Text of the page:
Differences between Soft and Hard wood

Several types of construction call for a variety of timbers; hardwood and softwood but they are typically distinguished in terms of their plant reproduction. Many people think they are differentiated through their end use or appearance, but this is not the case. All trees reproduce by producing seeds, but these timbers originate from separate seed structures.
Hardwood originates from a tree which loses its leaves annually; many species are deciduous, whereas softwood, from a conifer, remains evergreen. Hardwood tends to grow more slowly and is therefore denser.

Properties and uses of hardwood:
Hardwood comes from Angiosperm trees, which are trees with enclosed seeds These are also sometimes referred to as 'flowering plants' and can produce many types of timber, such as maple, oak and walnut.

The intricate structure of hardwoods is often much slower to grow because of their complexity. The dominant feature which hardwoods have, which separate the two prominently, is the presence of vessels, or pores. These vessels differ in size, shape and structure.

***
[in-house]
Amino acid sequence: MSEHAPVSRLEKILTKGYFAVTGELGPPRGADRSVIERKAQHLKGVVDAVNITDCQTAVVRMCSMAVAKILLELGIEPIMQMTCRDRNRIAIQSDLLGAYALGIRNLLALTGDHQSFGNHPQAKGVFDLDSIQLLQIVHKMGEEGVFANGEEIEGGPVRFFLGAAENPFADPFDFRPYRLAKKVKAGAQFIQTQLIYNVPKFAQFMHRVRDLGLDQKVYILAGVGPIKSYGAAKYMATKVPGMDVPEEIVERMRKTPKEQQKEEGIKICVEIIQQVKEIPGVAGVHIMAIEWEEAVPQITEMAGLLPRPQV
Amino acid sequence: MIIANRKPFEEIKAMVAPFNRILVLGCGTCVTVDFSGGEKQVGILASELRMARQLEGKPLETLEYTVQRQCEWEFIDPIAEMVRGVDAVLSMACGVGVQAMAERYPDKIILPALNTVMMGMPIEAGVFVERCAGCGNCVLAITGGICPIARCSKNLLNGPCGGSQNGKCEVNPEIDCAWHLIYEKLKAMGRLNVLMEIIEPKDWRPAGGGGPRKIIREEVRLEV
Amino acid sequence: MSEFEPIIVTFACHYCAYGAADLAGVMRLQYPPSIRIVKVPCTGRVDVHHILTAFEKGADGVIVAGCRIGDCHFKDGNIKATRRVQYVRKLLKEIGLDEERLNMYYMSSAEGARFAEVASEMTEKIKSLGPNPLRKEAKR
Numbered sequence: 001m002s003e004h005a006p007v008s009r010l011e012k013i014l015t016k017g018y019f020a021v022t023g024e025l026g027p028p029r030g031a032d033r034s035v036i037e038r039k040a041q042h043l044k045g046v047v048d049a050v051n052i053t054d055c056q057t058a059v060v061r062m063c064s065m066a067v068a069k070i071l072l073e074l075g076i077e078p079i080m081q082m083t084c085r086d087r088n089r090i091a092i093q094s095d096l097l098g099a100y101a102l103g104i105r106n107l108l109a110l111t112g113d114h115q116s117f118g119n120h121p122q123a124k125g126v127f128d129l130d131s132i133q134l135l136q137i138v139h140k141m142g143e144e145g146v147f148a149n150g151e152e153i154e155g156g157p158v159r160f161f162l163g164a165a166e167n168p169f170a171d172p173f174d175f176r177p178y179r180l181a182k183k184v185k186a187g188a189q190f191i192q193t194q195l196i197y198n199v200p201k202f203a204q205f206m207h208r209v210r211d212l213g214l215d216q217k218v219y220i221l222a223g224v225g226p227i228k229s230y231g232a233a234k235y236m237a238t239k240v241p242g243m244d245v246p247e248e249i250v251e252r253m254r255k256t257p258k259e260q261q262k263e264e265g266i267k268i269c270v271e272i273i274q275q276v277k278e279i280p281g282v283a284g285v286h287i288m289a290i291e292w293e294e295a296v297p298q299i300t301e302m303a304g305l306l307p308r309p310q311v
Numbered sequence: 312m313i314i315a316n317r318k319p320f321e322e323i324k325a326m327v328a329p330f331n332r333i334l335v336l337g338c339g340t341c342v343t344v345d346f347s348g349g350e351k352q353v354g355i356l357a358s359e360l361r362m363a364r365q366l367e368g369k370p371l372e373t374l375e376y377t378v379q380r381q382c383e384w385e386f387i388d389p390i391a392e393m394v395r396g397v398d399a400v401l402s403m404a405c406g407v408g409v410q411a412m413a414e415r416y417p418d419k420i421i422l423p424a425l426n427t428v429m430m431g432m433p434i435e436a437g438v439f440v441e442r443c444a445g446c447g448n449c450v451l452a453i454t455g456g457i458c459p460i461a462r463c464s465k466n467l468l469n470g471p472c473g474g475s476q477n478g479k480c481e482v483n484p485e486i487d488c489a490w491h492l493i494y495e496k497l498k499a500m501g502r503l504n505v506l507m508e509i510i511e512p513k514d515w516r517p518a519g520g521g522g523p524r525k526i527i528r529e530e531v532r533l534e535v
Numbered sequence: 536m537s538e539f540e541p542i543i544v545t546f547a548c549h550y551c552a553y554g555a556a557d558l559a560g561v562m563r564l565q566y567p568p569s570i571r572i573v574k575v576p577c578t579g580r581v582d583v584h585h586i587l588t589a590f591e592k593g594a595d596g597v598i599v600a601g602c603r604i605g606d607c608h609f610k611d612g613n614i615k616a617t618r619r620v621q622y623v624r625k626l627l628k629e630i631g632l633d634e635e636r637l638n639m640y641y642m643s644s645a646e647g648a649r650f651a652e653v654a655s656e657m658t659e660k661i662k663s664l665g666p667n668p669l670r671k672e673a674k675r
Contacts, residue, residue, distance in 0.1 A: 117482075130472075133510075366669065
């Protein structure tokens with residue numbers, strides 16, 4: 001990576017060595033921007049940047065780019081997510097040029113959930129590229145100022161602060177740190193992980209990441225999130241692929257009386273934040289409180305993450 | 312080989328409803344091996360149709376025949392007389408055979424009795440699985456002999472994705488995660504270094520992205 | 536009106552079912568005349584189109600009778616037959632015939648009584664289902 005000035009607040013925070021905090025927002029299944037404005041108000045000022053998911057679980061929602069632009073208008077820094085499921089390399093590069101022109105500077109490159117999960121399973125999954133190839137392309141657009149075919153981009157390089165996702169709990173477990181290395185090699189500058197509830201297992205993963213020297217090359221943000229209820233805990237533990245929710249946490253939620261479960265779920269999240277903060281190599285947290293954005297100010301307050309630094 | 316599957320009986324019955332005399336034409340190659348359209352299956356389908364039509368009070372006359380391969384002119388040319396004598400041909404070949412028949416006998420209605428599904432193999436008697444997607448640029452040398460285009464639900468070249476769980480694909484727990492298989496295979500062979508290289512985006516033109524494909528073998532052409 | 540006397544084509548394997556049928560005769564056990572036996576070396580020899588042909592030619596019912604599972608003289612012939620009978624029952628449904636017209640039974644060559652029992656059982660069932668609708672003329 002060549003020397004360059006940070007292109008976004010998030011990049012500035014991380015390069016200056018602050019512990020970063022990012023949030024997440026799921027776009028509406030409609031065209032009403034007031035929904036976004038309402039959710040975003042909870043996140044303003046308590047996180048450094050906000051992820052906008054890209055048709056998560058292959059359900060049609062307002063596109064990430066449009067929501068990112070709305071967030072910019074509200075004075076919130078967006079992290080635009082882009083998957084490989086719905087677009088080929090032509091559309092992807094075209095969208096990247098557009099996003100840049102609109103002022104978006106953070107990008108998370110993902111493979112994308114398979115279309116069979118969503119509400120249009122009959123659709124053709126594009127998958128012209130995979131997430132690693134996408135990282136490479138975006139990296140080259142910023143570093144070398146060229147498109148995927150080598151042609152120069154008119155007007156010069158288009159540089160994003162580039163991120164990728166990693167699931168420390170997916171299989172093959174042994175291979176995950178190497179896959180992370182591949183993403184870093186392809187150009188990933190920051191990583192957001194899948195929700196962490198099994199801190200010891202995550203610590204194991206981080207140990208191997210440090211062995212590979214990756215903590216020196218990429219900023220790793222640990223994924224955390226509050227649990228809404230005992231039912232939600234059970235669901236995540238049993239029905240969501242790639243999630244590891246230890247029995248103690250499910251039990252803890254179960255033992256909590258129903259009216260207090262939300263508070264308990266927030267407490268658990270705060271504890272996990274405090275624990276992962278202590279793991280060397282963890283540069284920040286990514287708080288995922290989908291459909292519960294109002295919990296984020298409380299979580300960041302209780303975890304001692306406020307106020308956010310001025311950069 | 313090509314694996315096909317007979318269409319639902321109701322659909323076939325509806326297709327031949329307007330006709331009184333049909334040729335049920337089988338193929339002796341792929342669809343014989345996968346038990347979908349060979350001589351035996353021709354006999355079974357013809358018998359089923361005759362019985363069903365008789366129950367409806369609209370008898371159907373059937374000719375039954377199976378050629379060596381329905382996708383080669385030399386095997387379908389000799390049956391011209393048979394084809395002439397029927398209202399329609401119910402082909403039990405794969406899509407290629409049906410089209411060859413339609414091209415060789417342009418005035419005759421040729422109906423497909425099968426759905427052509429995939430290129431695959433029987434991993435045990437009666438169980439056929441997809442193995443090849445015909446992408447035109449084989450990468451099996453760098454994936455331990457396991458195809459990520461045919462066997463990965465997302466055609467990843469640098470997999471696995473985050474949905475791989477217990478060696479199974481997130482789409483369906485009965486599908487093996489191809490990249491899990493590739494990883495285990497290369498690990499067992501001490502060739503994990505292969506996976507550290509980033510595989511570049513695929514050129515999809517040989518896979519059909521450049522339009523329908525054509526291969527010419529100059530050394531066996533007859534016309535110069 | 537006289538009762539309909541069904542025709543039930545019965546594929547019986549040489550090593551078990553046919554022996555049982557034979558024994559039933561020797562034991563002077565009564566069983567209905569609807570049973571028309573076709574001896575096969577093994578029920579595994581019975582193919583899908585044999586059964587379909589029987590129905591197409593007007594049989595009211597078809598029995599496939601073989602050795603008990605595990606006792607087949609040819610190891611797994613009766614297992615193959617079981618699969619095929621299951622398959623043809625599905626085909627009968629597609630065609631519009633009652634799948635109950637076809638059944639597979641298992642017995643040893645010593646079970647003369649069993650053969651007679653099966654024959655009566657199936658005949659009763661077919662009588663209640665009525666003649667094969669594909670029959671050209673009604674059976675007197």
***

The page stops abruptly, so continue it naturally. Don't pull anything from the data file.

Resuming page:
As the name suggests, the tree is commonly harder than a softwood. There is a common misconception that this is the only variance, but there are other differences of note. In both groups, there are dissimilarities of denseness in woods, with a range in density in hardwoods, also including that of softwoods.

Properties and uses of softwood:
Softwood comes from a gymnosperm tree, which is a tree with uncovered seeds that reproduce by forming cones which emit pollen. These pollens are then spread onto other trees by the wind. Pollinated trees form naked seeds are then dropped on the ground or borne to the wind so that trees can be grown elsewhere.
Softwood makes up approximately 80% of the worlds production of timber and is typically used in construction, as a structural form and as a finishing timber. In both groups, there is an enormous variation of hardness. The woods of Longleaf pine and Douglas fir are much harder in the mechanical sense than several hardwoods, but are technically softwoods.

Some examples of softwoods include Pine, Redwood and Larch.

The terminology of hardwood to softwood is not necessarily correct, as evergreens tend to be less dense than deciduous trees which makes them easier to cut.